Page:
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Ruhstorfer, Daniel; Lang, Armin; Matich, Sonja; Döblinger, Markus; Riedl, Hubert; Finley, Jonathan J. and Koblmüller, Gregor (2021): Growth dynamics and compositional structure in periodic InAsSb nanowire arrays on Si (111) grown by selective area molecular beam epitaxy. In: Nanotechnology, Vol. 32, No. 13, 135604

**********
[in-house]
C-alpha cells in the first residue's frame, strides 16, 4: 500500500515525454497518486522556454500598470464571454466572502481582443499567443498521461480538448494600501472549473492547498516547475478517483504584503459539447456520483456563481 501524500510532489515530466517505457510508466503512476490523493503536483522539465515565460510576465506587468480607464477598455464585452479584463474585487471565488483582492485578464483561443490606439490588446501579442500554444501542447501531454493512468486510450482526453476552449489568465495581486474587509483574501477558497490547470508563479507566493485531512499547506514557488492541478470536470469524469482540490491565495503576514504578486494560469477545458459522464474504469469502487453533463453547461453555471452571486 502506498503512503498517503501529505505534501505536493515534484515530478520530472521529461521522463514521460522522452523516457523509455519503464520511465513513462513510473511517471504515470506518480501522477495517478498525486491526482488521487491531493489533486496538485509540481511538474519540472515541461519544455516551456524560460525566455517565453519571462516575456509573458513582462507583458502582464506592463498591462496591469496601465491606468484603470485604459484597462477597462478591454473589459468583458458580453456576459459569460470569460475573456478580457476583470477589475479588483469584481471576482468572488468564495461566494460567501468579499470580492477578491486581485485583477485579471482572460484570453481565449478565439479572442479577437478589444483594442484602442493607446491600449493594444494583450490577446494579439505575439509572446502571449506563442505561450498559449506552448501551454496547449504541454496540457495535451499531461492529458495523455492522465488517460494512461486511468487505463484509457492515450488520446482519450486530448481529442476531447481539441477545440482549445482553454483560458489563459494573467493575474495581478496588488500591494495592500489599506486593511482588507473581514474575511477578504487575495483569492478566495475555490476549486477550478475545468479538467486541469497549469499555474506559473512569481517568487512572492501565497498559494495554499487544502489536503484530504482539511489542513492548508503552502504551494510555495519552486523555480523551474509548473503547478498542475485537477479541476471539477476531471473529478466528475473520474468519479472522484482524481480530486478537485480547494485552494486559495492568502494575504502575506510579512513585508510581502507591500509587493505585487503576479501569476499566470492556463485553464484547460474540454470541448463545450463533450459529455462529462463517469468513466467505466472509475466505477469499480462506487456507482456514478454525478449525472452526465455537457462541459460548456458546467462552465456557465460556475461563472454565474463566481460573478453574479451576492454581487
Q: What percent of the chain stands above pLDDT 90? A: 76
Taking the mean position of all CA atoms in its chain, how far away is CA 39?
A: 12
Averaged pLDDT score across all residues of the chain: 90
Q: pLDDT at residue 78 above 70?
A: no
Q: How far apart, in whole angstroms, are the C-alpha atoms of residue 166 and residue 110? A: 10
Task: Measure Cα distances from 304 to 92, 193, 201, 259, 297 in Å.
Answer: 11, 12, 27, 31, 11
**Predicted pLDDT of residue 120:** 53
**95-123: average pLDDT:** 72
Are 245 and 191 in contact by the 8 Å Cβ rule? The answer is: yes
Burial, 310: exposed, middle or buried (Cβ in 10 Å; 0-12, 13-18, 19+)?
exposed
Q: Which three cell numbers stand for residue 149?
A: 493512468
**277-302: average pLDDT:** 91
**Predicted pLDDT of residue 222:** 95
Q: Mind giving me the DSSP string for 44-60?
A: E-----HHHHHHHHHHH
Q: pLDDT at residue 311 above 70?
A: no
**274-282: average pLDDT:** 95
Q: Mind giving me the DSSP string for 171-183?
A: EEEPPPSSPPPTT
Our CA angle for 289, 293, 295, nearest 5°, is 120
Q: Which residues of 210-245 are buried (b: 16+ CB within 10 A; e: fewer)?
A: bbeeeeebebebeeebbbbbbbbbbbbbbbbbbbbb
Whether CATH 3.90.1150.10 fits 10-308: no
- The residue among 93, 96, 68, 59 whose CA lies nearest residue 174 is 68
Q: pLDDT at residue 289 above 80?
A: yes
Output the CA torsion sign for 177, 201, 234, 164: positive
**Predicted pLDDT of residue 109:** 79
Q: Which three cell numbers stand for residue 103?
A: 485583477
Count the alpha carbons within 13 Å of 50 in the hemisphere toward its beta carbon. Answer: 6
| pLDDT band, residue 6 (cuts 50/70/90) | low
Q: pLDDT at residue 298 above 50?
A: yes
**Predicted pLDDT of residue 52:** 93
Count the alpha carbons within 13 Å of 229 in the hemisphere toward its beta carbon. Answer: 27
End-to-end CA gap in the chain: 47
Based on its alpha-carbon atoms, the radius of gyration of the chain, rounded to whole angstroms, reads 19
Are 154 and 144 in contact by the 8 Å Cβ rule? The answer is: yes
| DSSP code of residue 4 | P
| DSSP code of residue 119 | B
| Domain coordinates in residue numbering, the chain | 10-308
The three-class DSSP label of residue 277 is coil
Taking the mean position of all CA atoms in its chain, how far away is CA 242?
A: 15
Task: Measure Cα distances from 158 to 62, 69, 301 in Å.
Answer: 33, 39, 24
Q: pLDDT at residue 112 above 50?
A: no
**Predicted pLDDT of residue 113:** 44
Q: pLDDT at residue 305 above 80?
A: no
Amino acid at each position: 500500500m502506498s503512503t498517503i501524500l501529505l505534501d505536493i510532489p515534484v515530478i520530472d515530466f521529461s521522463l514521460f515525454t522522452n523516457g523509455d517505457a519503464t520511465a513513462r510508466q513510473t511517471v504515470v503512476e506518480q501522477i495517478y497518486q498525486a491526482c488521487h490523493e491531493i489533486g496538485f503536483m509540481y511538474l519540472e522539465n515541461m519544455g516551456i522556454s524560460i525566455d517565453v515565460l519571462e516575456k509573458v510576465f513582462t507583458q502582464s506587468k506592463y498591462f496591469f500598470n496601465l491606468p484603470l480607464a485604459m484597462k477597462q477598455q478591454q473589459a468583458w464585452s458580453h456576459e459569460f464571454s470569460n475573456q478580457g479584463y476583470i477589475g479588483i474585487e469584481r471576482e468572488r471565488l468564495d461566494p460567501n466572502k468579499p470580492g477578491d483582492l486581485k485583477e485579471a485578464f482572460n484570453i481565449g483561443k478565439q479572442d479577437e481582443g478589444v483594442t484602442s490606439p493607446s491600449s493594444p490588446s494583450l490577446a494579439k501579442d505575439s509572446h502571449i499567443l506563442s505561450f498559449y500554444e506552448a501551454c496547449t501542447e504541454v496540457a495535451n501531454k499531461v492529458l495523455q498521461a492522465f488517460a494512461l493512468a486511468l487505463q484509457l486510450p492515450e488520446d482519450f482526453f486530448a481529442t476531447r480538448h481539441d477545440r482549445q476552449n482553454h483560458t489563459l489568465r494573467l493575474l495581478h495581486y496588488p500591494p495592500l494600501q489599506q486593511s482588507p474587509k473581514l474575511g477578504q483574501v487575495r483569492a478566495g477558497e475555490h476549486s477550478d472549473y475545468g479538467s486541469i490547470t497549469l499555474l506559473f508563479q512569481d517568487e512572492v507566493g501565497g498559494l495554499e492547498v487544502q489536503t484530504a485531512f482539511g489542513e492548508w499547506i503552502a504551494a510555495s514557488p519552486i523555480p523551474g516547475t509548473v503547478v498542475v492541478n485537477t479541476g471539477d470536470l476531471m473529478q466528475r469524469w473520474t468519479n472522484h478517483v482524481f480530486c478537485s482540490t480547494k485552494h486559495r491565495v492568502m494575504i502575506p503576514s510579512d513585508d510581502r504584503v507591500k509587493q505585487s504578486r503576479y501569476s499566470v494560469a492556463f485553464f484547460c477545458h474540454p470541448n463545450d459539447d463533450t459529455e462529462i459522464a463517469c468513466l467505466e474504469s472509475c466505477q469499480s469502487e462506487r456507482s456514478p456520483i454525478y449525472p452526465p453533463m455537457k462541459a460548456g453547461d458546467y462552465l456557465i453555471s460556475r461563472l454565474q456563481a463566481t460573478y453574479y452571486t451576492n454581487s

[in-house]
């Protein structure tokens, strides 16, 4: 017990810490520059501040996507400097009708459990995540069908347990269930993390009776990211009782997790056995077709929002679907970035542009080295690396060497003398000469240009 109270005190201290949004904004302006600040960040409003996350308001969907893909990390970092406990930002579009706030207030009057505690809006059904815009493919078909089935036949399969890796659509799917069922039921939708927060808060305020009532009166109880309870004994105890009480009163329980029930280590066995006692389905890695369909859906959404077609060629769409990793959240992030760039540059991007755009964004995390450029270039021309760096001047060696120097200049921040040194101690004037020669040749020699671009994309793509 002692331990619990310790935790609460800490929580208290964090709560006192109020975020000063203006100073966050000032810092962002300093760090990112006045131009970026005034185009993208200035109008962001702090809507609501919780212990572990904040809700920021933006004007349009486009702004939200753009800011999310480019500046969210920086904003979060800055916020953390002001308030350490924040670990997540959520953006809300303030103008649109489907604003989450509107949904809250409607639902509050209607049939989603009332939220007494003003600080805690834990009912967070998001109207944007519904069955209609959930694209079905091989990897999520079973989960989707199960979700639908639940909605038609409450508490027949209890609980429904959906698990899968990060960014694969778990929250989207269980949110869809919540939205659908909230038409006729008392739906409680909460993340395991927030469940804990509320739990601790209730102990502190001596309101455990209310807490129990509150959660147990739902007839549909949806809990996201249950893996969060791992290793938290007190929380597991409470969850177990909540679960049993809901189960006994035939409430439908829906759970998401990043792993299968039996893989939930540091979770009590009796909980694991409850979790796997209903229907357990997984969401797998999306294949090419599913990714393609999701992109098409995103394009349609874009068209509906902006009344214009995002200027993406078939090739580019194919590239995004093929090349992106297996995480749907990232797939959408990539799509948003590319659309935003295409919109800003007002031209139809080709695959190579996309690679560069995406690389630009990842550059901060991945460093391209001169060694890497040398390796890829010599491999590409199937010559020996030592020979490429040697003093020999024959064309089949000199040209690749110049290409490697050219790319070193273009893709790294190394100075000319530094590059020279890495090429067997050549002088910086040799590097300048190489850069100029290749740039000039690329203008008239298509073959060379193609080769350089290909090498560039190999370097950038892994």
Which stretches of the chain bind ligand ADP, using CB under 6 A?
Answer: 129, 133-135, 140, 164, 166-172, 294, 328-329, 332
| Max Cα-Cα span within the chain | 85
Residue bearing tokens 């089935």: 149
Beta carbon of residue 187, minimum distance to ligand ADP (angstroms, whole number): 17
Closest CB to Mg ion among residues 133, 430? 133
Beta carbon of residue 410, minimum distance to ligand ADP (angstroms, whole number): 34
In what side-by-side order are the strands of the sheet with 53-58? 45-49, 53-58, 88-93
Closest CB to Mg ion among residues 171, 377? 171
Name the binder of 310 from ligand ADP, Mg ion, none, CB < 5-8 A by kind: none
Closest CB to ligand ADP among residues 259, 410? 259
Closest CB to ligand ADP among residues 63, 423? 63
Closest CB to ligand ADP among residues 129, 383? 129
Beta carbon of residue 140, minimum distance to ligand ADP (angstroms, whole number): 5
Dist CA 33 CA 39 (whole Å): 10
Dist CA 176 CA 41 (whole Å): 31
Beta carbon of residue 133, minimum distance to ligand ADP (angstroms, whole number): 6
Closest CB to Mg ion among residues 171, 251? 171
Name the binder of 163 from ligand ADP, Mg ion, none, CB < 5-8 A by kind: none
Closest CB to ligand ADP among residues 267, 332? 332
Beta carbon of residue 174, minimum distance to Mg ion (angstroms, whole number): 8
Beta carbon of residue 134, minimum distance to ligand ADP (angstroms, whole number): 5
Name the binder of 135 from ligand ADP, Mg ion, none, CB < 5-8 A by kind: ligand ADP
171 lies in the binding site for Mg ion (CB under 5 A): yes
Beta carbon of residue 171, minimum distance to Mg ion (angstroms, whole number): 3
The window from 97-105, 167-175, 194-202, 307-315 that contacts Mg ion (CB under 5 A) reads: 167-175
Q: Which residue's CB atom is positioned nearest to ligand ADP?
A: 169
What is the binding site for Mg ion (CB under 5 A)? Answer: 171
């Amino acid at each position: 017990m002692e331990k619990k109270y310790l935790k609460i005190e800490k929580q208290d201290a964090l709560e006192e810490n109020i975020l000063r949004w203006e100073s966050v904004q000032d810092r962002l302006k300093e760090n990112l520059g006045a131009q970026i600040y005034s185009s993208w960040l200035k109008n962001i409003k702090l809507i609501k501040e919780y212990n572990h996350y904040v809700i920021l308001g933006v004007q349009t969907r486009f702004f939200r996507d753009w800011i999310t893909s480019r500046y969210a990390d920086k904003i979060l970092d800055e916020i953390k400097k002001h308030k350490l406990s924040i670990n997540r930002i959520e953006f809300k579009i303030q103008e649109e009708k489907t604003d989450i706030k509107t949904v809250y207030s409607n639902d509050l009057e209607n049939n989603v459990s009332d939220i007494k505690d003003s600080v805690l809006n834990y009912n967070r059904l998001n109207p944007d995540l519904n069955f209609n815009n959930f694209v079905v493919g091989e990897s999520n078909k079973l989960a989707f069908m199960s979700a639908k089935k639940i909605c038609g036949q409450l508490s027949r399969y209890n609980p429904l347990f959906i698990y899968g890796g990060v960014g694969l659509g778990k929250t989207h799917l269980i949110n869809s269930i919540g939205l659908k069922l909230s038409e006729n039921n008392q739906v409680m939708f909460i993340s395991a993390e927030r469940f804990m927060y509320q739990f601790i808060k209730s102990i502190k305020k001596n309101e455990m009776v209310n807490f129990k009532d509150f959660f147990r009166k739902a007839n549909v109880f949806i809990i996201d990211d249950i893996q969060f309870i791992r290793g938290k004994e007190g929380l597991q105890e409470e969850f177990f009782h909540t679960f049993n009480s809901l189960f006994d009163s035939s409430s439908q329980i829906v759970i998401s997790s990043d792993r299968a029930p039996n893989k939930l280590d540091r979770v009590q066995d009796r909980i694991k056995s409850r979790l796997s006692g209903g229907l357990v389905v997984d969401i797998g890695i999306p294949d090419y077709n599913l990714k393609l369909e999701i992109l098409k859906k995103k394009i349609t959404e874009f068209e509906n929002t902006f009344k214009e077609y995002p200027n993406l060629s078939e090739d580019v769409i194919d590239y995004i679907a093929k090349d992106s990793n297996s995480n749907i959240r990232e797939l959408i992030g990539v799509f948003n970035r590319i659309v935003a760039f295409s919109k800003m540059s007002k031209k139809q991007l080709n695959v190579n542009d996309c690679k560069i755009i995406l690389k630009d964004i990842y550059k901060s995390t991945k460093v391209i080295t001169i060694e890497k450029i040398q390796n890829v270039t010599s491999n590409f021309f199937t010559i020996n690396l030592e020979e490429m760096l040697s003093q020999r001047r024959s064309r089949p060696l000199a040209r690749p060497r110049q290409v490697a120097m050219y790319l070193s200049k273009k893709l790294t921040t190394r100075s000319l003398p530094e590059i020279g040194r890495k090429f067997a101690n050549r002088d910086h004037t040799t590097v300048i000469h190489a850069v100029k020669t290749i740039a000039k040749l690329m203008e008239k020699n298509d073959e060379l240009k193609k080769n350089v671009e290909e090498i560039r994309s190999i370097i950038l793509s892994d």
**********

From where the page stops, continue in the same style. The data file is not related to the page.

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We report a comprehensive study of the growth dynamics in highly periodic, composition tunable InAsSb nanowire (NW) arrays using catalyst-free selective area molecular beam epitaxy. Employing periodically patterned SiO2-masks on Si (111) with various mask opening sizes (20-150 nm) and pitches (0.25-2 mu m), high NW yield of >90% (irrespective of the InAsSb alloy composition) is realized by the creation of an As-terminated 1 x 1-Si(111) surface prior to NW nucleation. While the NW aspect ratio decreases continually with increasing Sb content (x(Sb) from 0% to 30%), we find a remarkable dependence of the aspect ratio on the mask opening size yielding up to similar to 8-fold increase for openings decreasing from 150 to 20 nm. The effects of the interwire separation (pitch) on the NW aspect ratio are strongest for pure InAs NWs and gradually vanish for increasing Sb content, suggesting that growth of InAsSb NW arrays is governed by an In surface diffusion limited regime even for the smallest investigated pitches. Compositional analysis using high-resolution x-ray diffraction reveals a substantial impact of the pitch on the alloy composition in homogeneous InAsSb NW arrays, leading to much larger x(Sb) as the pitch increases due to decreasing competition for Sb adatoms. Scanning transmission electron microscopy and associated energy-dispersive x-ray spectroscopy performed on the cross-sections of individual NWs reveal an interesting growth-axis dependent core-shell like structure with a discontinuous few-nm thick Sb-deficient coaxial boundary layer and six Sb-deficient corner bands. Further analysis evidences the presence of a nanoscale facet at the truncation of the (111)B growth front and {1-10} sidewall surfaces that is found responsible for the formation of the characteristic core-shell structure.

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